The Wind in the Willows by Kenneth Grahame - for slightly older readers, about the adventures above and below ground of Mole, Ratty, Mr Toad and Badger. I particularly love the edition illustrated by David Roberts.
The Brambley Hedge stories by Jill Barklem - about the lives of the little mice that live in Brambley Hedge. These have lots of lovely cross sections of their houses in the trunks of trees and under the ground.
Time to get out of the Bath, Shirley by John Burningham - where Shirley goes on a watery adventure down the plughole and along the pipes underneath the bath.
Home by Carson Ellis - a beautiful exploration of what home is and how it is different for everyone, including homes in trees, under the sea and underground.
If you could live in any book you’ve written or illustrated which would it be and why?
Probably Aunt Amelia because I think she would be a lot of fun to hang out with. We could eat cakes and ice creams, swing from trees, get paint everywhere, stay up late and generally not worry about rules too much.
Is there a picture book you wish you’d written or illustrated?
There are lots and lots but one of my favourites has got to be Not Now Bernard by David McKee. It brilliantly conveys the contrast between adults and children and the different way they experience the world. I am sure everyone can relate to Bernard being ignored by his mum and dad when he has something really important which he has to say immediately. I love the ambiguity of the ending, leaving the reader to choose their own interpretation. The illustrations are bright and bold and full of colour and flat perspective but also contrasting sketchy, scribbly, delicate pencil details and patterns. It is a very funny, clever, beautiful portrayal of the power of a child’s imagination and their relationship with their parents. Also, I would really like some wallpaper with spacemen and rockets on it, just like Bernard has in his bedroom.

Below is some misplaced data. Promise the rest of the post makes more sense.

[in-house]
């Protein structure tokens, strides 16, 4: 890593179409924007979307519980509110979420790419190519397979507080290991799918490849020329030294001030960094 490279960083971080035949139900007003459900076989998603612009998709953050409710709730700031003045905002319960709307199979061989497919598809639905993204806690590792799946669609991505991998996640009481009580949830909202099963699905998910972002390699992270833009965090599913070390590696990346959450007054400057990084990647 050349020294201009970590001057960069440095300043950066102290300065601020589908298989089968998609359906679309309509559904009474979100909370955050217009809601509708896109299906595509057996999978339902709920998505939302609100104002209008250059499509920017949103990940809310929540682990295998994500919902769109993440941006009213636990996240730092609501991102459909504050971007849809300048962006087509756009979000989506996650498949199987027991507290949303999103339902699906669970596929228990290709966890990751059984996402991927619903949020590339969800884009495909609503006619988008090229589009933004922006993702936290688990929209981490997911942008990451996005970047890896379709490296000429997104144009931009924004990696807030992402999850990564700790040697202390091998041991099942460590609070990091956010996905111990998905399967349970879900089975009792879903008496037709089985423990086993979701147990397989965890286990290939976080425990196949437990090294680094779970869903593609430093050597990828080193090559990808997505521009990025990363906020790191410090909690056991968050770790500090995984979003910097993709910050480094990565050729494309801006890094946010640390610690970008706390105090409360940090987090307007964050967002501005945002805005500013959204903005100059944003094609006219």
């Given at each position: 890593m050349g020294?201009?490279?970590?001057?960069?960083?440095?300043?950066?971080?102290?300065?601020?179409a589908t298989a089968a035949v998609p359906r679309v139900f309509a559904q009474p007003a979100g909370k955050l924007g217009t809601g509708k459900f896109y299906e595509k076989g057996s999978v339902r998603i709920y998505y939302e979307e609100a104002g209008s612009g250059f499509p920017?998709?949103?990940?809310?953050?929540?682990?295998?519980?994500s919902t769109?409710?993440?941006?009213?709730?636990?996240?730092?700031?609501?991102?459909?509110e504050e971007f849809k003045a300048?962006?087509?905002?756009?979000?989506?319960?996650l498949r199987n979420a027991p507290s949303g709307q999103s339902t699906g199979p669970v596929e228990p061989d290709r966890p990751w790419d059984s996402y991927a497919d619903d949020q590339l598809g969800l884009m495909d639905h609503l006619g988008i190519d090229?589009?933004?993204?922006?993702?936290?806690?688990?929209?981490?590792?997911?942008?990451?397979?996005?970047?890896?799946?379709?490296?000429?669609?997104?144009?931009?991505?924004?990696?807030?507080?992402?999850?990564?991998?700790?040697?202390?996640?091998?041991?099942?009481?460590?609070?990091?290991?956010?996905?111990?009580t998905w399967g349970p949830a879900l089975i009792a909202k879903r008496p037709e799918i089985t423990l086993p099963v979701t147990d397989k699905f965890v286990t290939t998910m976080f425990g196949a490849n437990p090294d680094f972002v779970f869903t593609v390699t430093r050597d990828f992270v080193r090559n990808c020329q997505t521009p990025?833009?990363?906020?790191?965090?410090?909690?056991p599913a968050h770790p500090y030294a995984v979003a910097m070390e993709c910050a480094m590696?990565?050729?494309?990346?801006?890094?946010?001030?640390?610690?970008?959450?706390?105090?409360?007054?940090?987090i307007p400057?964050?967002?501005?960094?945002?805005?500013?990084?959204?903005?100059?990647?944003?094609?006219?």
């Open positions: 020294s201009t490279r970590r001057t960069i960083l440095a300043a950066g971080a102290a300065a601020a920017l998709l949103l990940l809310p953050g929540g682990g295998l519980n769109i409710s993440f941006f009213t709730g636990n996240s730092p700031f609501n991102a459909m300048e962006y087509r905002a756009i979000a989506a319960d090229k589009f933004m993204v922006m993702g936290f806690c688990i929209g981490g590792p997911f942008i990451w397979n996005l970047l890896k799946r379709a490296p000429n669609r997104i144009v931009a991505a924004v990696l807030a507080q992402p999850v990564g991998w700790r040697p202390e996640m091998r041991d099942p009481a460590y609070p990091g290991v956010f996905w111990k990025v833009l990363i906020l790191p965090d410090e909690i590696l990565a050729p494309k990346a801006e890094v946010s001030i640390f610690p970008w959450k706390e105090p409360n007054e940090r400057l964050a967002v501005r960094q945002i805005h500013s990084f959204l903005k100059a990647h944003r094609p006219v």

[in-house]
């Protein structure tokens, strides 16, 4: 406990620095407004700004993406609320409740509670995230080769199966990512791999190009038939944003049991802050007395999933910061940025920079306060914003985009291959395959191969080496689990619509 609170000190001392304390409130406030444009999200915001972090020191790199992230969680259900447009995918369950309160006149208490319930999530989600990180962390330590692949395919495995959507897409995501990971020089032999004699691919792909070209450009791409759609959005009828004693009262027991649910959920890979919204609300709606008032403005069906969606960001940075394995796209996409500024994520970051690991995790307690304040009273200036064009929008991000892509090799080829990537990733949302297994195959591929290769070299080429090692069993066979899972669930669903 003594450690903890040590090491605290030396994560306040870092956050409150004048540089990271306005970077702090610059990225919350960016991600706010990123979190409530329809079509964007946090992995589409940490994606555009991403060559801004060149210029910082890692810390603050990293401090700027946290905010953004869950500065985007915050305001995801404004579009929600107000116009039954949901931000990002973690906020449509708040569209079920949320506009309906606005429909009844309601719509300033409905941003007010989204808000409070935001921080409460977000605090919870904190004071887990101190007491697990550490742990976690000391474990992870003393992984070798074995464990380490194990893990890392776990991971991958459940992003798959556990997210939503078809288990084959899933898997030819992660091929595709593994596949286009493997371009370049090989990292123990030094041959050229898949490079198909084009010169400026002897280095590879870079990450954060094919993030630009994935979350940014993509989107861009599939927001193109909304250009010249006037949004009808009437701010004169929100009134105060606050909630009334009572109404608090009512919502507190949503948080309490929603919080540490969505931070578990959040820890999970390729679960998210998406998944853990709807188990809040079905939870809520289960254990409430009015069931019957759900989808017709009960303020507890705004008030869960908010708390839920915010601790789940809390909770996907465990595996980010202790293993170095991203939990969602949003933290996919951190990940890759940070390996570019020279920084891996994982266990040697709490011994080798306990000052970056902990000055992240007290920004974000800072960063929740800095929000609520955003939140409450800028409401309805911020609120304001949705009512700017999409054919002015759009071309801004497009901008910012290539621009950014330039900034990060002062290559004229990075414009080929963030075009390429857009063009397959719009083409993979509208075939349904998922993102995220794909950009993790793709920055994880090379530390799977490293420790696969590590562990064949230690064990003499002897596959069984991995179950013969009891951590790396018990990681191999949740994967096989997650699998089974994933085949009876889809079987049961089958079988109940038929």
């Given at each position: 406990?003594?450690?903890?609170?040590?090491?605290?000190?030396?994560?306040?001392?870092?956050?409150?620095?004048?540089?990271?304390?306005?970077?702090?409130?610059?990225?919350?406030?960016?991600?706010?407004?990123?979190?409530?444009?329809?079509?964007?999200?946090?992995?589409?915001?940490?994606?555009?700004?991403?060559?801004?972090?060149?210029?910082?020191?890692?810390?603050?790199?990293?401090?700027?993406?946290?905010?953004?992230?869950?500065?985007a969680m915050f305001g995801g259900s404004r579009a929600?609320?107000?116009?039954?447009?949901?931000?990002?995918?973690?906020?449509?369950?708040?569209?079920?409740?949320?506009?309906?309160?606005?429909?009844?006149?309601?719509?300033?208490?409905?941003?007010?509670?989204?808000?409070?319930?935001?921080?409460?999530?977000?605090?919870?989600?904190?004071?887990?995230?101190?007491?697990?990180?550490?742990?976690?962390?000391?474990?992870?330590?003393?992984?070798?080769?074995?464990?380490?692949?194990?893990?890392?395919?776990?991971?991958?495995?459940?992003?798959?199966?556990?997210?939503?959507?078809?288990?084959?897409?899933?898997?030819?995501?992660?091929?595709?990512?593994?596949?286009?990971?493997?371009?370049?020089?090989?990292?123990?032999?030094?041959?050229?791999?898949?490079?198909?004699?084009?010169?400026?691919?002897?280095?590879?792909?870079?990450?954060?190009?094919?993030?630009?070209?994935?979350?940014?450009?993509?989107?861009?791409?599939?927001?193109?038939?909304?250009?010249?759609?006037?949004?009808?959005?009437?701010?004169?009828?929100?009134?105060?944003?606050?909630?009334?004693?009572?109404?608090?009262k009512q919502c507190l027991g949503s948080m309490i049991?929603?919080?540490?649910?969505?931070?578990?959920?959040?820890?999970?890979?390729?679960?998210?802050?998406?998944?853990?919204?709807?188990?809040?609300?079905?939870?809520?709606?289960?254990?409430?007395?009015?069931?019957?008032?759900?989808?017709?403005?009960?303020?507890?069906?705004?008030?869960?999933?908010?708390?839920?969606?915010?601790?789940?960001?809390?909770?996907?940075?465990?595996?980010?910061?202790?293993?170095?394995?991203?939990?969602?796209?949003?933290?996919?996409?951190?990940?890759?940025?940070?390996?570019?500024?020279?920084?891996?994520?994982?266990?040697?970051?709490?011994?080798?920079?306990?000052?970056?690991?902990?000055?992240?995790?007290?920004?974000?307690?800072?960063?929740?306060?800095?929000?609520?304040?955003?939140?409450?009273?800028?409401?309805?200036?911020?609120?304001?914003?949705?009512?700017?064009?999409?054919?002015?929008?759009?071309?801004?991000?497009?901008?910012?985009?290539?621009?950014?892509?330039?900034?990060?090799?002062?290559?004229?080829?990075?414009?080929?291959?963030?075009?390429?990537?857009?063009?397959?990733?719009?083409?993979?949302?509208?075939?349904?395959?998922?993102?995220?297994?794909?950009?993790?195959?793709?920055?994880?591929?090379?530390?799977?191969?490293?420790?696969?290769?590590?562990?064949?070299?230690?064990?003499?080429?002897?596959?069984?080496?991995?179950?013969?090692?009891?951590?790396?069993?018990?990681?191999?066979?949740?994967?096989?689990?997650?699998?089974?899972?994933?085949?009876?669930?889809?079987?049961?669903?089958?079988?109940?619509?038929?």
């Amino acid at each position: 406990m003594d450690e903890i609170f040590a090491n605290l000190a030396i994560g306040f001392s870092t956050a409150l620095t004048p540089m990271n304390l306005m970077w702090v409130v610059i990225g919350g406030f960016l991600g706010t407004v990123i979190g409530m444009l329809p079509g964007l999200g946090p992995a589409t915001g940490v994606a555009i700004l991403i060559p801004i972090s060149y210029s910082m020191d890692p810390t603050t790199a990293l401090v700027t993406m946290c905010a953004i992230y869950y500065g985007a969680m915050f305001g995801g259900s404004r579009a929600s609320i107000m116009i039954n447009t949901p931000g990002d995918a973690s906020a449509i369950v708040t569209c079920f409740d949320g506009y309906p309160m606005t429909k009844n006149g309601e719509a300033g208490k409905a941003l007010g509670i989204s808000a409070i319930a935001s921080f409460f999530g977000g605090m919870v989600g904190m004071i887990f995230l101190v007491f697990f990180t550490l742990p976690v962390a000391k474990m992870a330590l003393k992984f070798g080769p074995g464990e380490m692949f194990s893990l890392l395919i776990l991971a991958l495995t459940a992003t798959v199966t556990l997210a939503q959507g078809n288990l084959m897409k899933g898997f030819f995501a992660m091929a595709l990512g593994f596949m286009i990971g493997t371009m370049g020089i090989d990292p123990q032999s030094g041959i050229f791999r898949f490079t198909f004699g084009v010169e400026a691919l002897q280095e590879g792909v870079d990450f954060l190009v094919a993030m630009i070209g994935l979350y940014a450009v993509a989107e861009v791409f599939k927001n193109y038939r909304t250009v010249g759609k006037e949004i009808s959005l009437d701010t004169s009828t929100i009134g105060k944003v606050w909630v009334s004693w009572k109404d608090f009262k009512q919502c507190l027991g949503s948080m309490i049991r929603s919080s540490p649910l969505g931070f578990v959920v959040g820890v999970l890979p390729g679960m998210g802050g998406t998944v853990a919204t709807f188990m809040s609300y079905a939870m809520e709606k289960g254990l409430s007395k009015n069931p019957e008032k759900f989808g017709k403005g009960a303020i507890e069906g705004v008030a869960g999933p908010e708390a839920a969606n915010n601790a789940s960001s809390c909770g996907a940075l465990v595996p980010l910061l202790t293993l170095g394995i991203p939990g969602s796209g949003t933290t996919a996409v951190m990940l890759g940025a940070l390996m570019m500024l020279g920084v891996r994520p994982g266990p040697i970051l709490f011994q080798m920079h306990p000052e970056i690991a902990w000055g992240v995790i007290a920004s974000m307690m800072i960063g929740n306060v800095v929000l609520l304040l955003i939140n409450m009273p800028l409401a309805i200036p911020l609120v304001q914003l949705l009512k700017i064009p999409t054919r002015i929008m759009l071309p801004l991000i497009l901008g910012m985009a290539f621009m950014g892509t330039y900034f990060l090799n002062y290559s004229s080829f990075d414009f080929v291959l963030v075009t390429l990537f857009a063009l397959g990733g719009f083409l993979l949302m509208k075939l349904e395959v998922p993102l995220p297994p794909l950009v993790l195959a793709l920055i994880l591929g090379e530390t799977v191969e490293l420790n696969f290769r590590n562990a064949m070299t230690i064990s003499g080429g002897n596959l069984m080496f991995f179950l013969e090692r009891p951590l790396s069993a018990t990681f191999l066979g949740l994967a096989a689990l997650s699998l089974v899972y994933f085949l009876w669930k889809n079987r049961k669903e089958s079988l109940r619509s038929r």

Tell us about the view from the office/studio where you work?
At the moment I work in the corner of our bedroom and what I love about sitting at my desk here is that there are two big windows, so it is lovely and light and I can see our garden and the woods above the houses in the distance, which are very pretty and change colour all year round. There are always lots of birds to watch and also my two-year-old, who is quite often pottering around the garden with my husband, digging holes or making muddy puddles with her watering can.
What’s your favourite thing about your local library?
The children's section - I love browsing there with my daughter and seeing her joy at being surrounded by so many books. There is a lovely atmosphere with a comfortable sofa, walls filled with children's artwork and librarians helping children to find books that they think they will enjoy reading next.
Learn more about The Something and all the other lovely books included in our Bookbug Explorer Bag.